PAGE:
Our Alliance was born out of a 4,000-strong demonstration on the first anniversary of the 2012 Chevron Refinery fire and explosion. Since then we have continued to work closely with residents in all communities affected by fossil fuel industries.
We have spearheaded some of the actions listed below. In other cases, we have played a supporting role, following the lead of local groups engaged in the struggles for a clean energy future.
We provided strong support to two grassroots groups, the Pittsburg Defense Council and the Pittsburg Ethics Council. Both groups were crucial to the success of the fight against the proposed WesPac oil storage and transfer terminal. The 125-acre terminal would have been built at the site of a decommissioned PG&E power plant, using its aged storage tanks. Sited less than half a mile from downtown, and near homes, schools, parks, and the waterfront, the project was met with powerful opposition from residents.
Members of the Sunflower Alliance helped strategize, did outreach for a march and rallies, canvassed neighborhoods, and organized public education events. We are proud to be allied with the residents of Pittsburg.
Rodeo, Hercules and Crockett
These communities along the Carquinez Strait are under threat. Phillips 66 has proposed construction of a facility for the recovery, storage and transportation of propane. The storage of 630,000 gallons of propane within 2,300 feet of residential areas would pose catastrophic risks. (More)
Despite approval of the Phillips project by the Contra Costa Board of Supervisors and permitting by the Air District, the proposal is now tied up in lawsuits. Three local groups contend that Phillips and the County failed to disclose that the project relies on tar sands. Is that a project-stopper? Stay tuned.
Members of the Sunflower Alliance have strenuously voiced their concerns at public hearings, and organized a public “Toxics Tour” of hotspots scattered around this corridor.
For more information, visit the website of Crockett-Rodeo United to Defend the Environment, C.R.U.D.E.
The Valero Benicia Refinery has proposed a project to begin transporting crude oil from North American sources to Benicia by rail tanker cars.
The Sunflower Alliance supports the efforts of Benicians to halt the project by attending and testifying at public hearings on the project, staying informed of developments, publicizing events, and coordinating with leaders of their community.
For more information, visit the website, Benicians for a Safe & Health Community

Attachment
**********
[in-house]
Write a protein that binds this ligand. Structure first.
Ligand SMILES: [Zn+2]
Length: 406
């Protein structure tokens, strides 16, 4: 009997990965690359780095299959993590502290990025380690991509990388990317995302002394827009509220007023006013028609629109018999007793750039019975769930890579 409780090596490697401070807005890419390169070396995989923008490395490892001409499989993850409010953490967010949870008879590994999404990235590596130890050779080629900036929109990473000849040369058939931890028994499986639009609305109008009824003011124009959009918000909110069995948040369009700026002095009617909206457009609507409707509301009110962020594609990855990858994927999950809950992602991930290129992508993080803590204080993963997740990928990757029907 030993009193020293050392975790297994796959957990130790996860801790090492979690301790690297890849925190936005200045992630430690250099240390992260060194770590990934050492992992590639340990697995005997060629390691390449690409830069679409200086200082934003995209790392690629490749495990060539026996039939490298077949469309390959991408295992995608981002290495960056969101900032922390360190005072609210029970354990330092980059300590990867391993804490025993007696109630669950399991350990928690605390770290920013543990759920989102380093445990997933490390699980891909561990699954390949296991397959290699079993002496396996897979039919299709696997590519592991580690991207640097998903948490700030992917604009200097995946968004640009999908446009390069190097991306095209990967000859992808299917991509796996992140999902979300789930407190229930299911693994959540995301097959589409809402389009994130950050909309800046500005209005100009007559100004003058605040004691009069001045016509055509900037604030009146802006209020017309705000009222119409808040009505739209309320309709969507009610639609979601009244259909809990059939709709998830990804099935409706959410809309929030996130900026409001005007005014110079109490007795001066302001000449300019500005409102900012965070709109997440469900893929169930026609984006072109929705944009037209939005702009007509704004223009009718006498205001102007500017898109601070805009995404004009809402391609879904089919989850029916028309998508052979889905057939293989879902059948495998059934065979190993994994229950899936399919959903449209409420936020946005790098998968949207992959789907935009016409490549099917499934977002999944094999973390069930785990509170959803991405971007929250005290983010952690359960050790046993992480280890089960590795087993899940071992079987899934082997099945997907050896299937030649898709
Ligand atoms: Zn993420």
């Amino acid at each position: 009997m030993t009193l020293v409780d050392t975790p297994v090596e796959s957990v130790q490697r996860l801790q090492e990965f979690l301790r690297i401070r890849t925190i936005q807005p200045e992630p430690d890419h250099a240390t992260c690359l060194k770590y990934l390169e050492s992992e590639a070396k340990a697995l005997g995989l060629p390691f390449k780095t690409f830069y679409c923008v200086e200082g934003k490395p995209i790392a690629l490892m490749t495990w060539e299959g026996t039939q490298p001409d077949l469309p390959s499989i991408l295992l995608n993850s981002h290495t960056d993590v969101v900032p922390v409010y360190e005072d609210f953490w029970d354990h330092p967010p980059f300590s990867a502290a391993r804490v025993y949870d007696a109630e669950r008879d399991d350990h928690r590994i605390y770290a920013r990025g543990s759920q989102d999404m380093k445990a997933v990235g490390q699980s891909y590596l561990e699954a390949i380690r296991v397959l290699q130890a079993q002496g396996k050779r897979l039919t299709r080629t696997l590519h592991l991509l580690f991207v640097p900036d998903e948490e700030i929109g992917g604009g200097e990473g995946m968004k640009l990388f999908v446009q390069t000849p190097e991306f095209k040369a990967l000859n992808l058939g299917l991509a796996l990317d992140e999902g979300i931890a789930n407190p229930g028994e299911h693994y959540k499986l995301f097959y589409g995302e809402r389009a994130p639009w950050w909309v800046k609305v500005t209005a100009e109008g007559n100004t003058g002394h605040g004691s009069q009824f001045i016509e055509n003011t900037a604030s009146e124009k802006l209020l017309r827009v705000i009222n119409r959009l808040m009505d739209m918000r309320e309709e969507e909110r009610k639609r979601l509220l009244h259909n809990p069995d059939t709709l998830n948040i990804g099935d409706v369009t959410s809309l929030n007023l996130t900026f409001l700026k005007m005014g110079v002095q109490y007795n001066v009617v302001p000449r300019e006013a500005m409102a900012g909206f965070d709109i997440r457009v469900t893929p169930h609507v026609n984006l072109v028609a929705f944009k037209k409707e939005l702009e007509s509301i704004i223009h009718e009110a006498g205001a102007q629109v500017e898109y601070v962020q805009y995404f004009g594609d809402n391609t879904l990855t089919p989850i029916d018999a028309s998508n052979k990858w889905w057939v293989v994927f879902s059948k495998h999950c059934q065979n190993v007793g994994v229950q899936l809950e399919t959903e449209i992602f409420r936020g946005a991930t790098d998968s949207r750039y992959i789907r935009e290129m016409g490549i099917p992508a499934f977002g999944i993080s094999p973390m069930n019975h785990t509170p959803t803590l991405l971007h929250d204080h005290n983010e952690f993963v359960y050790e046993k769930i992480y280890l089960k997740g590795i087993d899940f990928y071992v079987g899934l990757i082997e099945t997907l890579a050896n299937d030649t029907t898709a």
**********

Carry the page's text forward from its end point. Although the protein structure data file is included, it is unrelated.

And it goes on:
The Martinez Environmental Group is dedicated to stopping the transit of explosive Bakken crude by rail, and reducing air pollution from industrial and other sources. Because the Shell Refinery is within city limits and Tesoro “Golden Eagle” Refinery in nearby Pacheco, Martinez residents are particularly aware of the risks posed by the transportation of explosive and toxic crude oil through and around their city. In January and February of this year, Sunflower Alliance members joined the picket line of United Steelworkers at the Tesoro refinery.
Learn more at the website of the Martinez Environmental Group.
The Sunflower Alliance was born out of a huge demonstration at the Chevron Richmond Refinery in August, 2013. Our focus on Chevron remains sharp.
In 2014 Chevron proposed a “modernization” project that expanded its capacity to handle higher sulfur content crude oil; increased the volume of hydrogen generated for the refining, and replaced pipes and equipment in only 20% of the plant. Working with Communities for a Better Environment, the Asian Pacific Environmental Network and other local groups, members of the Sunflower Alliance have spoken at public hearings and organized educational forums. Thanks to this concerted pressure, as well as a letter from Attorney General Kamala Harris, a more stringent alternative to plant operating conditions was agreed to by Chevron and ultimately adopted by the Richmond City Council.
To learn more about our current work to reduce the climate impacts of the Chevron Richmond Richmond Refinery, visit the Chevron Watch campaign page.
Another potential threat is under scrutiny, this one riding the rails that carry crude to the Kinder-Morgan transfer facility. As of this writing, crude oil is not being shipped to that facility, but this can change with economic conditions that could increase the profitability of this risky business. Along with the city of Richmond and many of its neighborhood organizations, we have formally objected to the Bay Area Air Quality Management Board for secretly granting a “ministerial” permit of this facility in 2014, escaping public attention until it was too late for groups to challenge the decision.